Jared Spataro outlines what's ahead for Yammer-SharePoint partnership at one year

Microsoft has let Yammer be Yammer

It's been just over a year since Microsoft pulled the trigger and bought Yammer and last week, Senior Director of Microsoft's Office Division Jared Spataro clarified the roadmap for the partnership moving forward in a Microsoft blog post.

Let's not forget that Microsoft paid a hefty $1.2 billion for Yammer and even Spataro admits that getting acquired sometimes slows down a lean startup, but in this case, at least according to the numbers he provided, Yammer has continued to grow under the Microsoft (NASDAQ: MSFT) umbrella.

I can tell you that when I met Spataro and Yammer co-founder Adam Pisoni last fall at the SharePoint conference, I sensed a true camaraderie between the two, and that isn't always the case either.

So how well has Yammer been doing since the big payday? According to Yammer's David Sacks, who was CEO pre-merger and now goes by the title, corporate VP of Yammer at Microsoft; it's been going well. Keeping in mind that statistics can be manipulated to put the numbers in the best light, he reports that the number of users on the network has grown approximately 55 percent to 8 million, while the amount of network activity has roughly doubled.

Whenever a small company like Yammer gets scooped up by a larger organization, there is always talk of how they now have the resources to grow in ways that weren't possible as a smaller company. In this case, they really have seen the growth and Microsoft seems truly committed to letting Yammer be Yammer.

That means letting them continue to iterate and develop the product just as they always did pre-acquisition. Instead of trying to impose the Microsoft way on Yammer, Microsoft seems truly committed to understanding how Yammer does things and applying that to the broader Microsoft product development methodology.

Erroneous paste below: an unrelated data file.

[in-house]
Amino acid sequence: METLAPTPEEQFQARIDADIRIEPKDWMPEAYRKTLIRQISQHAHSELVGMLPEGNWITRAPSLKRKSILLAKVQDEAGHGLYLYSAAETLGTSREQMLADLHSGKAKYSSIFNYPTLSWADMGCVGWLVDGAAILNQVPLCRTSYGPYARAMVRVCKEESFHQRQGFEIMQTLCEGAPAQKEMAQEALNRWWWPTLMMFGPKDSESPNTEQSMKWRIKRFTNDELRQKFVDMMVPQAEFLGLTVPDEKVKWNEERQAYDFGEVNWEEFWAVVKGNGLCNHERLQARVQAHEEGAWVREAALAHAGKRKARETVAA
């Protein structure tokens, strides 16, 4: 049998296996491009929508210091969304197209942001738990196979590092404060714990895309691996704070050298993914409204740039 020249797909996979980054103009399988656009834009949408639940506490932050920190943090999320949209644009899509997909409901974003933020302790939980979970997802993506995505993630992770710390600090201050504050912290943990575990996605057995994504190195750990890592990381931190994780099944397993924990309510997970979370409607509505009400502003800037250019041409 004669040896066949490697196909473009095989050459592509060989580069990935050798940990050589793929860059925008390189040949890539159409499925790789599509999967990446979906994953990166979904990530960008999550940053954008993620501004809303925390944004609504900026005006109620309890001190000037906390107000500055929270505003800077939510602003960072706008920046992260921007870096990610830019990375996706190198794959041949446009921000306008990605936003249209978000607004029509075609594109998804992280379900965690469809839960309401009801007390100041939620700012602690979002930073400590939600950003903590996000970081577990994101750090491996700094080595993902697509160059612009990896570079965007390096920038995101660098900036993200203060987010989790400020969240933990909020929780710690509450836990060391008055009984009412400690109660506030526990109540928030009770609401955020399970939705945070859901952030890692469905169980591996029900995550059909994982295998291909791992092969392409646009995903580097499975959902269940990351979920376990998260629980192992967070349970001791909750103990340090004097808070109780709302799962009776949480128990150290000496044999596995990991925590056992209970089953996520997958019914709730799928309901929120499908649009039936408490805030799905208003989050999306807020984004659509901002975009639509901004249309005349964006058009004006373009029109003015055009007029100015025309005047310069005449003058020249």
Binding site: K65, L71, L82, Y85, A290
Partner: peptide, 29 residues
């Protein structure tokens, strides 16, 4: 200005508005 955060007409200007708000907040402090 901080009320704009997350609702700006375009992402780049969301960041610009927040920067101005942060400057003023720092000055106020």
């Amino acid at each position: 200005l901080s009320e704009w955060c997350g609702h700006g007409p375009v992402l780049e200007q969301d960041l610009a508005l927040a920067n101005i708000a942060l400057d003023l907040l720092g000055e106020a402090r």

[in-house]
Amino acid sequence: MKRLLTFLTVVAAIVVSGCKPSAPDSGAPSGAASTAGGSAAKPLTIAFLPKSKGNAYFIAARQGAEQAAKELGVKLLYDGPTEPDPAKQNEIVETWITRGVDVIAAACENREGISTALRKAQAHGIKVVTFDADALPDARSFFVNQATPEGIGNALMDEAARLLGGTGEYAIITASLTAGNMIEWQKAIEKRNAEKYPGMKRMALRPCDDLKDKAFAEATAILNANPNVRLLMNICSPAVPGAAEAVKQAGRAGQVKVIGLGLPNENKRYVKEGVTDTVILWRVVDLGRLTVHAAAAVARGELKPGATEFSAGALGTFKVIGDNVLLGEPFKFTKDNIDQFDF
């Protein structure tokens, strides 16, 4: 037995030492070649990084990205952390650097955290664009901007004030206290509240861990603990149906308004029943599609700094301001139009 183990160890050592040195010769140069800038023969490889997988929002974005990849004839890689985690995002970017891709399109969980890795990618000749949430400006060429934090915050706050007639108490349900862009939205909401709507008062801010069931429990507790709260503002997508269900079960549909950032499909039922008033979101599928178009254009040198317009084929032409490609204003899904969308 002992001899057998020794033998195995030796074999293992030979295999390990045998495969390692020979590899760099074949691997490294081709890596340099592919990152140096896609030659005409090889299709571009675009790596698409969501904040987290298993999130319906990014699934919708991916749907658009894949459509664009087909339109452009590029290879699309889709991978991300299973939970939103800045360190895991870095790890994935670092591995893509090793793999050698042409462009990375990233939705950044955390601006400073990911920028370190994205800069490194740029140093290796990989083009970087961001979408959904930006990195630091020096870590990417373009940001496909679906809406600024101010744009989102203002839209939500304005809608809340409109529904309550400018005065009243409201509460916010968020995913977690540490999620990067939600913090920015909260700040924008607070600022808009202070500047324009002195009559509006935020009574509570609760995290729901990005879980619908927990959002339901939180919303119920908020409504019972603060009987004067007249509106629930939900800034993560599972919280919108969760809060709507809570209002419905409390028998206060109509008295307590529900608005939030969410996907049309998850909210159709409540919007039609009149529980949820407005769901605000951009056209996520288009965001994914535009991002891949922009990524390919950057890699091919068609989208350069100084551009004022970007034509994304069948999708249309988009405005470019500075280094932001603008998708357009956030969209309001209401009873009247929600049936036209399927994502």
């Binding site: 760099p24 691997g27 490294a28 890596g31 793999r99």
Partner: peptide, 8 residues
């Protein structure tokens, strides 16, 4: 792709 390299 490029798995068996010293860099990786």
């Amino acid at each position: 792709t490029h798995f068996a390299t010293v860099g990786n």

As Spataro points out, this methodology makes planning difficult because they literally iterate on the fly and adjust based on customer feedback. This means that they can look at the road ahead in broader terms, knowing they will build certain integrations into the product regardless of what it looks like a year from now.

That includes better search to make it easier to find information in the Yammer stream, a step I think is particularly important in the context of knowledge management. He further states that the idea is to have a platform to build apps that combine search and social, and that could definitely be interesting.

They are also working on an Enterprise Graph, which Spataro describes as, "A dynamically generated map of employees, content and business data based on the Open Graph standard." Having this kind of information could give customers some intriguing use cases and this will be worth exploring more moving forward.

There are other plans of course around deeper email integration, mobile apps, localization and more. You can get the details in the blog post. The message here though is that the first year together has gone as well as anyone could have expected.

Microsoft is learning from Yammer and Yammer appears to be growing and thriving, but the true test will be how they keep this going--and if they can drag Microsoft customers who might be reluctant to use the cloud into this new model moving forward.

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